In this article we endeavour to provide some basic information about what to do if these suppressants have been used on your property.
Has your property been impacted by fire suppressants?
To assist with answering any questions that you have in relation to the effects of fire suppressants, we have included information on the products typically used and recommendations for cleaning hard surfaces, which may have been affected.
Things to remember
- These fire suppressants are not hazardous substances
- It is coloured so fire fighters can easily track where it has landed
- If eye contact is made, rinse the area with fresh water for 15-minutes; then consult a doctor
- If swallowed, rinse your mouth out with fresh water; then consult a doctor
- For your comfort, when cleaning surfaces be sure to wear protective equipment including safety glasses, disposable gloves and disposable facemask such as a P2 mask and wash your hands regularly
- The agents used are not harmful to you or the environment
- Fire suppressants that have landed on the ground will degrade with exposure to the sun
What are fire suppressants?
Fire suppressants such as gels and retardants are chemicals that slow the spread or intensity of a fire. They help fire fighters on the ground and are sometimes also dropped from aircraft. Short-term fire suppressants are detergent chemicals mixed into foam. Long-term fire suppressants such as fire retardant are chemicals that are mixed with water to form a slurry type paste.
What are they made of?
Long-term fire suppressants such as retardants are essentially fertilisers (ammonium and diammonium sulphate and ammonium phosphate), with thickeners (guar gum) and corrosion inhibitors (for aircraft safety). Sometimes a red coloured pigment, made from iron oxide, is added so that those spraying can see where they have released the fire retardant. Short-term fire suppressant foams are made of a combination of wetting agents and foaming chemicals, mixed with water. This allows the water to penetrate surfaces more easily. Their usefulness is limited against high-intensity fires, where long-term retardants have proven more successful.
What about gels?
Suppressants in the form of gel are a chemical polymer (potassium polyacrylate) that absorbs water many times its own weight. It is the same polymer that is used in babies’ disposable nappies and in wetting aids for soils. In its concentrated form as a slurry (before it is mixed with water), it can irritate eyes, airways and the skin. This does not occur after it has been mixed with water. Gel fire suppressants can be applied via aircraft or trucks as a firebreak, direct suppression or structure protection.
How do fire retardants work?
Long-term fire retardants are mixed with water before they are dispersed over the target area. When the water is completely evaporated, the remaining chemical residue retards vegetation or other materials from igniting, until it is removed by rain or erosion. Fire retardants also work by binding to the plant material (cellulose) and preventing combustion.
Gels and foams are used to fight fires by preventing the water they are mixed with from evaporating easily. They coat the fuel (grass, trees and shrubs) and prevent or slow down combustion. A slurry of gel can be pumped over the fire and it immediately cools down the intense heat and puts out the fire.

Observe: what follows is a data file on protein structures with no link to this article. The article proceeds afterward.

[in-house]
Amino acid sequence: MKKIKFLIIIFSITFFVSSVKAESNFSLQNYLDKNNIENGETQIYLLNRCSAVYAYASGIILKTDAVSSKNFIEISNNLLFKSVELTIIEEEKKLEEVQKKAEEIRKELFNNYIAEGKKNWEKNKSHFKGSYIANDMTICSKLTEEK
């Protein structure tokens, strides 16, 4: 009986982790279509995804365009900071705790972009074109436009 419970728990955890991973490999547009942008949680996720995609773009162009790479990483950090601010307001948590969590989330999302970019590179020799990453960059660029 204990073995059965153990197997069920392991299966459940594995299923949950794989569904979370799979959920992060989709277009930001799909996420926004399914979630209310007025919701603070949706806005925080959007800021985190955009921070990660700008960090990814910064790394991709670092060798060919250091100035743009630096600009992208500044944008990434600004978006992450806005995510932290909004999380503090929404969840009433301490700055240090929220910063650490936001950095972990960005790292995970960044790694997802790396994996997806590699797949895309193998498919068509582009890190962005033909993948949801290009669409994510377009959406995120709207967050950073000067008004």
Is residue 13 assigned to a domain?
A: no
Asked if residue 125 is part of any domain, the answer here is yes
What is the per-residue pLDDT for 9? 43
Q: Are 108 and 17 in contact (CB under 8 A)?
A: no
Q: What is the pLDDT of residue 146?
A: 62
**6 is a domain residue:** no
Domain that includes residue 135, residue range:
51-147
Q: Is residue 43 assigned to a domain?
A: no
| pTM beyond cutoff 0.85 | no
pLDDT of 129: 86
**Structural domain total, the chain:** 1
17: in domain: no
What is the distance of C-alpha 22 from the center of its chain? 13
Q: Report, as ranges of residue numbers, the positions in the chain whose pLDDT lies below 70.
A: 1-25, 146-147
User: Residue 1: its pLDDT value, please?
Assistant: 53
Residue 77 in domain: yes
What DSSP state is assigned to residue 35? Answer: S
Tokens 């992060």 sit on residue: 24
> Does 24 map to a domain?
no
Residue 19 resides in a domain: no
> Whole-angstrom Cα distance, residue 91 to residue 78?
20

What about brominated flame-retardants?
Polybrominated flame retardants (PBFRs) are a category of chemicals that are widely used in household and industrial items, including computers, electronics and electrical equipment, televisions, textiles, foam furniture, insulating foams, and other building materials. They are sometimes also called fire retardants but are quite different from the chemicals described here and are not used in fighting bush fires.
What about environmental effects?
Although not a lot of research has been done in this area, the current evidence does not suggest any significant effects on birds or mammals. However, in some countries, long-term fire retardants have been observed to cause effects on some species of native plants (leading to low level damage to new growth). Water plants and animals are more sensitive to the effects of fire retardants; foams in particular can be moderately toxic to aquatic life. For this reason, pilots try not to apply fire suppressant retardants within 100m of waterways, but these agents can drift across buildings.
What about health effects?
Irritancy testing on animals shows these chemicals have little effect. The concentrated powder may cause minor respiratory irritation, to workers who are handling it. Once it is mixed into slurry this health effect does not occur. Workers require gloves and goggles and dust masks when handling the powder.
Steps to take if the fire retardant does enter your water tank
- Do not drink it. High levels of ammonia and sulphate in water will make it smell terrible and taste salty. It will not be suitable as drinking water for humans or animals (pets or livestock).
- The water can still be used for irrigation and fire fighting.
Tips on cleaning up fire retardant residue: If aerial fire suppressants (primarily retardant) or fire fighting foam residue is present on the house and/or cars, use a mild detergent and brushes to scrub and dilute the dried residue and flush it from the surfaces; rinse with clean water. Take care - it could be slippery. A follow-up with pressure washing may help but will not replace scrubbing to remove the residue. Gloves and non-slip shoes should be worn.
Note: We will have to find out from Bombeiros if they use fire retardant's in Portugal
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